Seizures Following Craniotomy

Craniotomy can provoke seizures in a small proportion of patients. Some patients may already be experiencing seizures as a symptom prior to surgery. You may be required to start taking anti epileptic medication if you are at risk of suffering a seizure or already experiencing seizures. The anti epileptic medication is meant to prevent seizures during and immediately after surgery. This medication may be stopped before discharge if your risk of suffering a seizure was low, but is often continued for at least six months. The amount of medication you take would be altered or stopped depending on your seizure activity.

What happens during a seizure?
There are different types of seizures. It is helpful to understand the seizure types you are likely to suffer following craniotomy and the various signs and symptoms.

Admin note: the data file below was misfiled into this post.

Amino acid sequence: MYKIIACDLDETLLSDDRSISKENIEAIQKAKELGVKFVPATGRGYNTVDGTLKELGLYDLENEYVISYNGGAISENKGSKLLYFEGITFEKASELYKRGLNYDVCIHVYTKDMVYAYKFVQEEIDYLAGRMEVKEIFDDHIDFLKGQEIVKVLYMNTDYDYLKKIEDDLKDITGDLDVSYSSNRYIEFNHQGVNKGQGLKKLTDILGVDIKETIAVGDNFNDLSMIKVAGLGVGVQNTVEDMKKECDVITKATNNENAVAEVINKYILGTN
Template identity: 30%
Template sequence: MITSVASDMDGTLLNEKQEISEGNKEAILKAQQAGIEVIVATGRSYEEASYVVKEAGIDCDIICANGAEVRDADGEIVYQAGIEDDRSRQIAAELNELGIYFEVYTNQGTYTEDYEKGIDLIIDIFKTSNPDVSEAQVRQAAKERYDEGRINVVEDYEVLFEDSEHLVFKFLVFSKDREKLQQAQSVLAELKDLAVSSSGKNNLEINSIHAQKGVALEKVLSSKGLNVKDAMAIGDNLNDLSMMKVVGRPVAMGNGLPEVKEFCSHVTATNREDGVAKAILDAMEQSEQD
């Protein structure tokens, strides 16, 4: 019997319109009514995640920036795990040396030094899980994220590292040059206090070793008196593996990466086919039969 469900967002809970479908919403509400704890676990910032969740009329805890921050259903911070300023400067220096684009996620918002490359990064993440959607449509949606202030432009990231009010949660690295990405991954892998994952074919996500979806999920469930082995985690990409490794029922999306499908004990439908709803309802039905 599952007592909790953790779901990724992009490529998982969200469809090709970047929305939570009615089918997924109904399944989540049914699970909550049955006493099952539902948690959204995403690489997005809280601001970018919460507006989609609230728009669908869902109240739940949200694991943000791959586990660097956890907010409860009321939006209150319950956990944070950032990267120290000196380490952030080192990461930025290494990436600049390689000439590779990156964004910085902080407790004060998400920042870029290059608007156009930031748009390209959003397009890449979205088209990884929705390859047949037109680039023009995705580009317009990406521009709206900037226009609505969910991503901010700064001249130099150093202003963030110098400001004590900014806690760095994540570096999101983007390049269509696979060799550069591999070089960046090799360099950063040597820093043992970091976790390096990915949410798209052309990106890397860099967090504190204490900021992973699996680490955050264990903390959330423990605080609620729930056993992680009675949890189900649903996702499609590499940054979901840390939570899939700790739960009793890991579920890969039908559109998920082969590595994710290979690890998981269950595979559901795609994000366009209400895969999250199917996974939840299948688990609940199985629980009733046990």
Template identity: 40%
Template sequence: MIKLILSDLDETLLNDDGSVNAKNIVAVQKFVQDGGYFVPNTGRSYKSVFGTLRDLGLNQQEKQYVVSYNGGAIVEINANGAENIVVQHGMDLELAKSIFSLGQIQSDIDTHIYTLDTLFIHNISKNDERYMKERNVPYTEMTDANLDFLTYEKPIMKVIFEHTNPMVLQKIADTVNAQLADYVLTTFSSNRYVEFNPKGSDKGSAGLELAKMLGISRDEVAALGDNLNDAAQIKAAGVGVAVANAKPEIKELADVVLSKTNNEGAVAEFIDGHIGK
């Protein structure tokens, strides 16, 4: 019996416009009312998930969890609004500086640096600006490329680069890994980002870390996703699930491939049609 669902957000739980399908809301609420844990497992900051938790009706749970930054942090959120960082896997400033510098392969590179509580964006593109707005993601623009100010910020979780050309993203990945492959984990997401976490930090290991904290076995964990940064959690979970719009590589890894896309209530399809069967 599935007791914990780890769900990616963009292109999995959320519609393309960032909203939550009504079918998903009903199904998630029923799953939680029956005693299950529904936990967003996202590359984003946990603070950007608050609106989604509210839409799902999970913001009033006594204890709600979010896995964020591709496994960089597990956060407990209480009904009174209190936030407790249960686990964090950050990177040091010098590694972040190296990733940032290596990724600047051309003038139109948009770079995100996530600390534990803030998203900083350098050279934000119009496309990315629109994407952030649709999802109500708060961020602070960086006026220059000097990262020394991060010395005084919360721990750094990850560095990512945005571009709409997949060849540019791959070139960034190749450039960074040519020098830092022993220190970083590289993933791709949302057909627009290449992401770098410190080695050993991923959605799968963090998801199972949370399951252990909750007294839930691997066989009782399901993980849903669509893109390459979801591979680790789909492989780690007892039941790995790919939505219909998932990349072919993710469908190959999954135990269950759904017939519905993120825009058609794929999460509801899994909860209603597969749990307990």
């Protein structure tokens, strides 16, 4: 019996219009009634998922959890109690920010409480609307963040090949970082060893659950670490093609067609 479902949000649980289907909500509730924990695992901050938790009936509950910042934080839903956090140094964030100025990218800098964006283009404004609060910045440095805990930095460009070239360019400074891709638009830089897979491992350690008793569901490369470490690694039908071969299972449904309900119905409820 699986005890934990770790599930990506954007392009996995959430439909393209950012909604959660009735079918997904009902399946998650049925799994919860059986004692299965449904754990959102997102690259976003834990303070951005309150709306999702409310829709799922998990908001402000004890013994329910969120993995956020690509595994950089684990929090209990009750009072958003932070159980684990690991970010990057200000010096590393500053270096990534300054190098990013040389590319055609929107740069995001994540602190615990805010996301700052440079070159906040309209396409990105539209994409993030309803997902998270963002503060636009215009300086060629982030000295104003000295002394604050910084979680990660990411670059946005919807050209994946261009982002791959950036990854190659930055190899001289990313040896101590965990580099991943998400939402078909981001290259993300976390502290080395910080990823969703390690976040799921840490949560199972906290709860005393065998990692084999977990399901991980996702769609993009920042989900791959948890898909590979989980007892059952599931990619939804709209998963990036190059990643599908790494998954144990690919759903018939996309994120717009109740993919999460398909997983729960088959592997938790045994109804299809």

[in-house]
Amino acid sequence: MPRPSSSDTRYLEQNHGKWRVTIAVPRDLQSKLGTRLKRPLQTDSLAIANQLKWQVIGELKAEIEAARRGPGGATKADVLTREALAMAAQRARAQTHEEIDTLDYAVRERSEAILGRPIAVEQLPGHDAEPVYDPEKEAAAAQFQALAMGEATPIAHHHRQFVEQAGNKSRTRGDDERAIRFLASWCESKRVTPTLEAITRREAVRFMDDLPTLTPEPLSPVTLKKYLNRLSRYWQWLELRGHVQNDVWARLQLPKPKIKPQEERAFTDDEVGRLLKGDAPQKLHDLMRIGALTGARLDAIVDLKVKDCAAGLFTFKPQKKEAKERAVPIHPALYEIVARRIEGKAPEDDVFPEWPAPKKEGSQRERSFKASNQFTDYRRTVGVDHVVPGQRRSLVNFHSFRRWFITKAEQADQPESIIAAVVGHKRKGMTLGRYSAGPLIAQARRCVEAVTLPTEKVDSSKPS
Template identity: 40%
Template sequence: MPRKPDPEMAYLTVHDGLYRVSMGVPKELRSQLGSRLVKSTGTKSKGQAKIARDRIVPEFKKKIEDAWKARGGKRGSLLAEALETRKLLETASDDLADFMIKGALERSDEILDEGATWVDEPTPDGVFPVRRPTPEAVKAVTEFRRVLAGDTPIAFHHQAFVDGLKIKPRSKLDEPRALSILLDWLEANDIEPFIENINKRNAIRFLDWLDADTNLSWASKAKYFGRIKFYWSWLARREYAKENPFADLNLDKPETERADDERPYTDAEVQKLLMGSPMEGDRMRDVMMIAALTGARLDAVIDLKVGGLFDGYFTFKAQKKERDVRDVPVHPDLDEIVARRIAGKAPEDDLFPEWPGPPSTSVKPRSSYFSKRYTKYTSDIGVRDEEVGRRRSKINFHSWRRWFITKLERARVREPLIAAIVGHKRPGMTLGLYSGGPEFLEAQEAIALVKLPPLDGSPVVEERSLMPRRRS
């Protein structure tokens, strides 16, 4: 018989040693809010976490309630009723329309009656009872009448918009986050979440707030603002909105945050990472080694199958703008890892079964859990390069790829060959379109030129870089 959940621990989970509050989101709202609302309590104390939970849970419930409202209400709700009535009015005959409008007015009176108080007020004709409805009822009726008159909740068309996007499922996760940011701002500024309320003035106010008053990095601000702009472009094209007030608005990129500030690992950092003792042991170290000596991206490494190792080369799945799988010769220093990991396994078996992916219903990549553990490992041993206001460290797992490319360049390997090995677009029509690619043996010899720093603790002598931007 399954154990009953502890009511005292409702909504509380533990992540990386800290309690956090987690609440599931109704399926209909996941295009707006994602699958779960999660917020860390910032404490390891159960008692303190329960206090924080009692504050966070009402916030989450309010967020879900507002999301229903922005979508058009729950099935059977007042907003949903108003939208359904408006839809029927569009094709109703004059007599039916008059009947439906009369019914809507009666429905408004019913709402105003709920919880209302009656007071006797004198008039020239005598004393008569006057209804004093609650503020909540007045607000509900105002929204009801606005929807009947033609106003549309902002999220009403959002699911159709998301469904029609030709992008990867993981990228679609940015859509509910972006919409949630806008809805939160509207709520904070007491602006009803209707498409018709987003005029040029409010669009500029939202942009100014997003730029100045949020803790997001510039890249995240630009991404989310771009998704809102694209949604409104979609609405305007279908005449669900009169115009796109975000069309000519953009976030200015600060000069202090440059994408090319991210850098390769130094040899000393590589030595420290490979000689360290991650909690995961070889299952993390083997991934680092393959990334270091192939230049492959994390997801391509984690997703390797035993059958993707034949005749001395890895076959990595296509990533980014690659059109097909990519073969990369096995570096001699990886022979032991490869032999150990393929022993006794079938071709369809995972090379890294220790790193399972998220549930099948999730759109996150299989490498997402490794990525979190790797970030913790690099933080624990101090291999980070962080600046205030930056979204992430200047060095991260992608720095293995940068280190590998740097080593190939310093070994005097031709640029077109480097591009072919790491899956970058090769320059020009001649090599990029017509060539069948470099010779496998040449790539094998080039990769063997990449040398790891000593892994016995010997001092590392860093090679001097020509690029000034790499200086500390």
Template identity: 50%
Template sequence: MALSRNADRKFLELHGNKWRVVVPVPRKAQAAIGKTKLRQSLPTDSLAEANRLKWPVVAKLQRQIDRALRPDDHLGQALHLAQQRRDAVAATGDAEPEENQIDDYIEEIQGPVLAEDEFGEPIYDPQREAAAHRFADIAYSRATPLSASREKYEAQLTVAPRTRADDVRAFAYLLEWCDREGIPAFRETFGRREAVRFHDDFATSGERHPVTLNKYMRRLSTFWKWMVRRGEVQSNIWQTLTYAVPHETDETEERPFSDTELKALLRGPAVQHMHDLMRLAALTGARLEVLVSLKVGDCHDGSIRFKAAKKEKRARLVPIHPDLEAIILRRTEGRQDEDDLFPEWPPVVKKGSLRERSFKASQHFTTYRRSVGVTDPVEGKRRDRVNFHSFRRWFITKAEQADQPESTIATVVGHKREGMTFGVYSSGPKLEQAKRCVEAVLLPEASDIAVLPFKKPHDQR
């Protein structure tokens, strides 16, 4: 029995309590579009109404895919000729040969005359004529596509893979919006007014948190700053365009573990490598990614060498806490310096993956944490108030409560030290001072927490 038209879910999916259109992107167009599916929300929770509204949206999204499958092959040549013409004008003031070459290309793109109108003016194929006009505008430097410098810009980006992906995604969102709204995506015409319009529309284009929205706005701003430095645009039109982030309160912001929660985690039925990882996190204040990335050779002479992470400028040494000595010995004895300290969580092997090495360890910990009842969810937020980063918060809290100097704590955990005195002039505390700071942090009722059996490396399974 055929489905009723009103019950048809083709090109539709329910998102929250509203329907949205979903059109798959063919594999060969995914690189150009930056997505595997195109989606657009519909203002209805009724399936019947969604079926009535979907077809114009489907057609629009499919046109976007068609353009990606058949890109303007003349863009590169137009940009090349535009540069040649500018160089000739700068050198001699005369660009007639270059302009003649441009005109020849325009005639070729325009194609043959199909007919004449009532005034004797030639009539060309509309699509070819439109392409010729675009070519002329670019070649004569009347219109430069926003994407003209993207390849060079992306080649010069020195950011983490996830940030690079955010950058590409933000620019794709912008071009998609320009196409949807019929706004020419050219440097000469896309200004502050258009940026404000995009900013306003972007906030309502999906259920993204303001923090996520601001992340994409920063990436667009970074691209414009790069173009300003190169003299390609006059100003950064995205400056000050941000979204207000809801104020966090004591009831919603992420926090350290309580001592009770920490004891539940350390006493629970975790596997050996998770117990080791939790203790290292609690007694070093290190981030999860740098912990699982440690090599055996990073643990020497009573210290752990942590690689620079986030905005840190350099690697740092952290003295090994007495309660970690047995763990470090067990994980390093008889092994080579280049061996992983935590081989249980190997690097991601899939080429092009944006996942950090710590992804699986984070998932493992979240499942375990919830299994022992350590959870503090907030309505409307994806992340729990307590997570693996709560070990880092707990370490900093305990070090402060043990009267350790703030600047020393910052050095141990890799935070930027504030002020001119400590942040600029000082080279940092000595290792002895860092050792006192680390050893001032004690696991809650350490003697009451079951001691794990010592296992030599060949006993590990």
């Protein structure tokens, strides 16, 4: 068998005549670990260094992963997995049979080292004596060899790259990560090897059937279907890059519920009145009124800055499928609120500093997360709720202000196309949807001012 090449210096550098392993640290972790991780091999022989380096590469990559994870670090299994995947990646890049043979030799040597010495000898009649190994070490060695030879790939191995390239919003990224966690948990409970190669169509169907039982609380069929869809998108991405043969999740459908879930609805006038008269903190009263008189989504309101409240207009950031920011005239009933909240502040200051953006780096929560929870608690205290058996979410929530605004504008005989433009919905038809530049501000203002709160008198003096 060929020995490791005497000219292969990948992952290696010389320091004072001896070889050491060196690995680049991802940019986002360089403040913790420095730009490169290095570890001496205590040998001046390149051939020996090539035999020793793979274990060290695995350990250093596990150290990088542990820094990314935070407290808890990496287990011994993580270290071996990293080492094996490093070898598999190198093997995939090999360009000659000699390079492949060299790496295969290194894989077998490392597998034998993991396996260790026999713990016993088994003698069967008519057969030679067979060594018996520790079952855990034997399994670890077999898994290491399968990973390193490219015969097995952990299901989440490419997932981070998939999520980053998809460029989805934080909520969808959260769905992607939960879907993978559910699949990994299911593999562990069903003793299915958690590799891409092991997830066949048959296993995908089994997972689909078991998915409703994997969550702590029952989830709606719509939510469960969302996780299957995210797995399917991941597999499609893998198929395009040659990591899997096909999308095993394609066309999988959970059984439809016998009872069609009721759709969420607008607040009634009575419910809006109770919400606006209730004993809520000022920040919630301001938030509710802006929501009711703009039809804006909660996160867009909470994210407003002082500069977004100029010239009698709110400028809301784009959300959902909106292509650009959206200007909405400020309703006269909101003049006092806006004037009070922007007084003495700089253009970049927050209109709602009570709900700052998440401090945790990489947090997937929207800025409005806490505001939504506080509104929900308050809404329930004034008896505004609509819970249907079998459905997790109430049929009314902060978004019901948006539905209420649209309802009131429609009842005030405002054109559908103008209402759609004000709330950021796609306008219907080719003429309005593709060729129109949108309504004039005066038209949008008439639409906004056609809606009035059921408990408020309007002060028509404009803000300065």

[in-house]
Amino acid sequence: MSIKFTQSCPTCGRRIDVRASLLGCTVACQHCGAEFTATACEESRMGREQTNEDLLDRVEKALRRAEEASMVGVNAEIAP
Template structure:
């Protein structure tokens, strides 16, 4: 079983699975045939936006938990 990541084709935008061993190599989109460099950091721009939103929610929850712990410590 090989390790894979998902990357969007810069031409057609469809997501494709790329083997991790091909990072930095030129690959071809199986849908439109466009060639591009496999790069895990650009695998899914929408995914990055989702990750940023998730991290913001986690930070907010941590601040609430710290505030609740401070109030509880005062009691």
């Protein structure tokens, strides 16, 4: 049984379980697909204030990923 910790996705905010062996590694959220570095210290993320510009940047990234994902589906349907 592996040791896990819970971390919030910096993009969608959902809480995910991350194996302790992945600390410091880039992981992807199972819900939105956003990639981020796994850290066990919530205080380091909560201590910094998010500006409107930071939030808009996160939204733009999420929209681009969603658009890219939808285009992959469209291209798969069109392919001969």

Tonic-clonic seizure
This is the most common type of seizure and the easiest to identify.
The muscles contract forcing the air out of your lungs, your body stiffens and then jerks uncontrollably.
Because of the muscles contracting you may let out a cry as you fall down unconscious.
For the same reason, you may bite your tongue, be unable to swallow saliva normally, or be incontinent.
Your breathing may be irregular, your face may look very pale with a bluish tinge around the lips due to lack of oxygen.
The jerking movements nearly always slow down and then stop within five minutes, periods of drowsiness, confusion, headache and sleep often follows.
When you come round, you cannot remember what has happened. Recovery time varies.

Patient Information

Focal seizures, also known as partial seizures

Simple partial seizures
These are examples of what you may experience during a simple partial seizure, but there are many other symptoms. They may last for several seconds or minutes and your awareness or consciousness does not get affected.
Abnormal jerking or twitching
pins and needles